Abilene Christian University (acu.edu)
Adelphi University (adelphi.edu)
Agnes Scott College (scottlan.edu)
Air Force Institute of Technology (afit.af.mil)
Alabama A&M University (aamu.edu)
Alabama State University (alasu.edu)
Alaska Pacific University
Albertson College of Idaho (acofi.edu)
Albion College (albion.edu)
Alfred University (alfred.edu)
Allegheny College (alleg.edu)
Allentown College of Saint Francis de Sales (allencol.edu)
Alma College (alma.edu)
CAE/IAE 4Y– National Centers of Academic Excellence in Information Assurance Education
CAE-CDE 4Y– National Centers of Academic Excellence in Cyber Defense Education
CAE/IAE 2Y – National Centers of Academic Excellence in Information Assurance 2-Year Education
CAE-CDE 2Y – National Centers of Academic Excellence in Cyber Defense 2-Year Education
CAE-IA-R – National Centers of Academic Excellence in Information Assurance Research
CAE-R – National Centers of Academic Excellence in Cyber Defense Research
You will have two to four reading comprehension passages, with a total of six to ten
questions. Reading comprehension questions generally don’t appear until about
questions eight to twelve.
GRE reading comprehension is unlike any other reading you do. Therefore, you should not approach it in the way you approach other reading.
ETS passages are poorly written, but not on purpose. Don’t look for hidden meanings in the grammatical and stylistic errors.
Forget about “comprehension.” On the GRE, you read for one reason only: to earn points. If you can accept this fact, you’ll be far, far ahead. Don’t even try to read the whole passage, just get an idea what each paragraph is about and what the main idea
of the whole passage is. Don’t get bogged down in useless details that may not even be considered in the questions.
Outline the passage:
Read the first sentence and last sentence of each paragraph.
On your scrap paper, jot down a few notes for each paragraph, then write down
the main idea. This is what we call outlining. Be sure to number the paragraphs
in your notes. For example:
paragraph: greenhouse gases and greenhouse effect introduced”
paragraph: greenhouse gases affected by humans, and CFC/ozone example”
rd paragraph: 2 possible results of greenhouse effect”
When you skim and summarize a passage, you should look for the big themes and
main ideas and skim over the details. You shouldn’t “speed read.” That is, you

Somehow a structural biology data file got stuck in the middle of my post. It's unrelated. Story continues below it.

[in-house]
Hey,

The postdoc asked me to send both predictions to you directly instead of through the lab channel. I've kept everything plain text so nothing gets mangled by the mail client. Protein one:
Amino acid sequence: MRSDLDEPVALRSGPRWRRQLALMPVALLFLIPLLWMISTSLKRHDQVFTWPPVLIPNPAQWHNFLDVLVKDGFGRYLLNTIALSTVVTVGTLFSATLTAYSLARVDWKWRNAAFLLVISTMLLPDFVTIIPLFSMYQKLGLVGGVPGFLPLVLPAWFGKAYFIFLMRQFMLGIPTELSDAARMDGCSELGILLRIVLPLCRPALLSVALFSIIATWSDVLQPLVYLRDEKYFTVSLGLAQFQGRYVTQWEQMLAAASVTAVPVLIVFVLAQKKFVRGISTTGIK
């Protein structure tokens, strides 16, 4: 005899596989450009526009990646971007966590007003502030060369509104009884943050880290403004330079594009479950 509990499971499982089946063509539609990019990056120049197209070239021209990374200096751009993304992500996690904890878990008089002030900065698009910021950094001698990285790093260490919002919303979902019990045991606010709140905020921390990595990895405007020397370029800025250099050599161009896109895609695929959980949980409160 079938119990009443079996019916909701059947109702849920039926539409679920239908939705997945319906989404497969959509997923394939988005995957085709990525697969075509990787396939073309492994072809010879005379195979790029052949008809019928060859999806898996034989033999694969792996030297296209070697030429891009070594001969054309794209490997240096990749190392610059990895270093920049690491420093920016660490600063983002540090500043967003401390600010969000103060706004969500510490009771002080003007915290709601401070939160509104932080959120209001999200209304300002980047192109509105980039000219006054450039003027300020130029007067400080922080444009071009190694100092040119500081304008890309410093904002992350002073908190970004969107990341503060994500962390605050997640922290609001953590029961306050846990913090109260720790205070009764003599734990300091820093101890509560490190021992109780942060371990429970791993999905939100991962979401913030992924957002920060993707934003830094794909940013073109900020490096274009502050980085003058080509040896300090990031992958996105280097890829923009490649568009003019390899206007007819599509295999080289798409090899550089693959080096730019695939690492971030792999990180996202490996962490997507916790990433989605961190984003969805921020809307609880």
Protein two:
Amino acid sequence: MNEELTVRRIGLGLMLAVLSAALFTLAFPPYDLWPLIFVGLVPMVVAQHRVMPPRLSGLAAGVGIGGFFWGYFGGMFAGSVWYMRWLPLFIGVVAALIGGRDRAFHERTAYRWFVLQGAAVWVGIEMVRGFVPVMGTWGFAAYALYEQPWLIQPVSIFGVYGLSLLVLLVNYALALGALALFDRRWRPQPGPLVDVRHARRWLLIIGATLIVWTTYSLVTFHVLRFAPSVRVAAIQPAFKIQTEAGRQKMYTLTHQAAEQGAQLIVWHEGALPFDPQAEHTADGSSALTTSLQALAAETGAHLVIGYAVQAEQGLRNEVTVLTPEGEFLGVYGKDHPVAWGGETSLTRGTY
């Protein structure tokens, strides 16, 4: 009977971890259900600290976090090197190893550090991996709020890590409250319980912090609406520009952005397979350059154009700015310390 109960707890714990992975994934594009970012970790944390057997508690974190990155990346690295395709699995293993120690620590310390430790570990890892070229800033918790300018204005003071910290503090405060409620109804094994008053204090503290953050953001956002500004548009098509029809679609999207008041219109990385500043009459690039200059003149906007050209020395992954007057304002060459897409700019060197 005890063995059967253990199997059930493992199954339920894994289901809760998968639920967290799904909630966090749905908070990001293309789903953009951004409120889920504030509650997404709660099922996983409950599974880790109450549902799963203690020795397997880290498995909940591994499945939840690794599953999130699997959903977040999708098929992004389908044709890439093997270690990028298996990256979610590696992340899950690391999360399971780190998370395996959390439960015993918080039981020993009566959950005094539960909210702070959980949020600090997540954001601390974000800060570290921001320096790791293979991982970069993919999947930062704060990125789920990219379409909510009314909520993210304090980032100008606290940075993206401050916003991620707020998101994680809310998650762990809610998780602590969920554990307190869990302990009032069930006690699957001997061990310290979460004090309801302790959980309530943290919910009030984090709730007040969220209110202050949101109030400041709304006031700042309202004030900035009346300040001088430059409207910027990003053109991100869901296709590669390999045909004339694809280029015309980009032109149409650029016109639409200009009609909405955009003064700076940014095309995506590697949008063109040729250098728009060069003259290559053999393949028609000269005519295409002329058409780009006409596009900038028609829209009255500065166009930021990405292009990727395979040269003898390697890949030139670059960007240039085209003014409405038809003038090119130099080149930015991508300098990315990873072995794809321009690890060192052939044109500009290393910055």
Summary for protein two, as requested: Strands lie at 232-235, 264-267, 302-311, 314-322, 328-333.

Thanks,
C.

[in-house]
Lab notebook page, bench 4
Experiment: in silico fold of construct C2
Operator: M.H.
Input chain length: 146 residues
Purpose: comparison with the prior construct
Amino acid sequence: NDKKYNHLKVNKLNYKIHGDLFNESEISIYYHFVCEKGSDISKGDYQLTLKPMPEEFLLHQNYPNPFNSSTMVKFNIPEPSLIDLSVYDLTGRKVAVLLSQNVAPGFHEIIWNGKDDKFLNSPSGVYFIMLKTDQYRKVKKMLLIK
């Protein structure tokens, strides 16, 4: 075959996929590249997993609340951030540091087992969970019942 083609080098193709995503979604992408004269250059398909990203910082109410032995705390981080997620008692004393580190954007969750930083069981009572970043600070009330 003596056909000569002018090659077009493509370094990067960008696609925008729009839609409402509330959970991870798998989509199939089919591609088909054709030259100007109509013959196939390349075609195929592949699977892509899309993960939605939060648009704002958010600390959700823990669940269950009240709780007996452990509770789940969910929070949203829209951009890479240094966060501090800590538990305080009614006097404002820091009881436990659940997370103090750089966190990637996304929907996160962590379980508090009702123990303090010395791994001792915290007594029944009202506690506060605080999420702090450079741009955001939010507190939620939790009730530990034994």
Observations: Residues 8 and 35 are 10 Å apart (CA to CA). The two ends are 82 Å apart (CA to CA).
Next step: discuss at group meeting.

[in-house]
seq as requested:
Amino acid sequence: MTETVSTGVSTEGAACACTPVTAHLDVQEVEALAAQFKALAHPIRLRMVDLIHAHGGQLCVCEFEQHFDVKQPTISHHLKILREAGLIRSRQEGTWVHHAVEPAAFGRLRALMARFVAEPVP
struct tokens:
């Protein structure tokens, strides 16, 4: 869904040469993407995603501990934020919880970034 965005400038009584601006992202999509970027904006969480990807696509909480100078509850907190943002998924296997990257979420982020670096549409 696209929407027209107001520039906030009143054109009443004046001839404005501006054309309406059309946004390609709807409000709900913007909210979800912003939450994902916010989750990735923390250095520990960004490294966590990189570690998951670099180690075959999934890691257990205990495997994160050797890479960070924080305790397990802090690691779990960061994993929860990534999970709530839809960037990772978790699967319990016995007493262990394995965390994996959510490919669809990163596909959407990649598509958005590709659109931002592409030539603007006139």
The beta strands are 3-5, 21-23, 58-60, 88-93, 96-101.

should slow down for the important stuff and speed up for the details.
There are two types of GRE reading passages: science and nonscience.
Science passages may deal with either the “hard facts” of some particular science or
with a “soft” topic, such as the history of science.
Nonscience passages will deal with either a topic related to the humanities or a topic
related to the social sciences.
Use common sense. You won’t find a passage arguing that literature is stupid, or that
history doesn’t matter, or that the moon is made of green cheese. As a result, you will
often be able to eliminate answer choices simply because the facts or opinions they
represent couldn’t possibly be found in ETS reading passages. However, all the
information that will lead to the correct answer will always be found in the passage.
This is a treasure hunt; look to the passage for the answers.
Correct answers will always be politically correct. Authors of passages will never say
negative things about other people, groups of people or ideas. If the answer choice
says that the purpose of a passage is “to demonstrate the intellectual dishonesty of our
founding fathers,” you can safely eliminate it without even reading the passage.
Correct answers will never be too negative, too extreme, irresponsible or irrational.
Eliminate any answers that fit this category.
Eliminate disputable statements. ETS’s answer will be indisputable. The easiest way
to find this answer is to focus your attention on disputable choices and use process-ofelimination
aggressively to eliminate as many of them as possible:
Certain words make choices highly specific and therefore easy to dispute–must,
each, every, all, will totally, always, no.
Certain words make choices very general and therefore difficult to dispute–may,
can, some, most, sometimes.
Vague, general choices won’t always be ETS’s answer, but ETS’s answer will
always be indisputable. If a statement says that something is sometimes true, you
only need to find one example to prove it correct.
Avoid direct repetitions. ETS’s answer will almost always be a paraphrase, not a
The more closely a choice resembles a substantial part of the passage, the less likely
the choice is to be ETS’s answer.
Theme questions, tone questions, and organizational questions are all general
questions. You should be able to answer them without looking back at the passage.
Explicit questions, inferential questions, and literary-technique questions are all
specific questions. You’ll need to refer back to the passage to answer them.
Many, many students make careless mistakes on LEAST/EXCEPT/NOT questions.
Be careful! Remember, you are looking for the one dumb answer among the choices.
Triple true/false questions are time-consuming and difficult. POE will improve your
guessing odds dramatically.
From Princeton Review’s Cracking the System: The GRE
(New York: Villard Books,
Cracking the GRE CAT 1999 ed. (New York: Random
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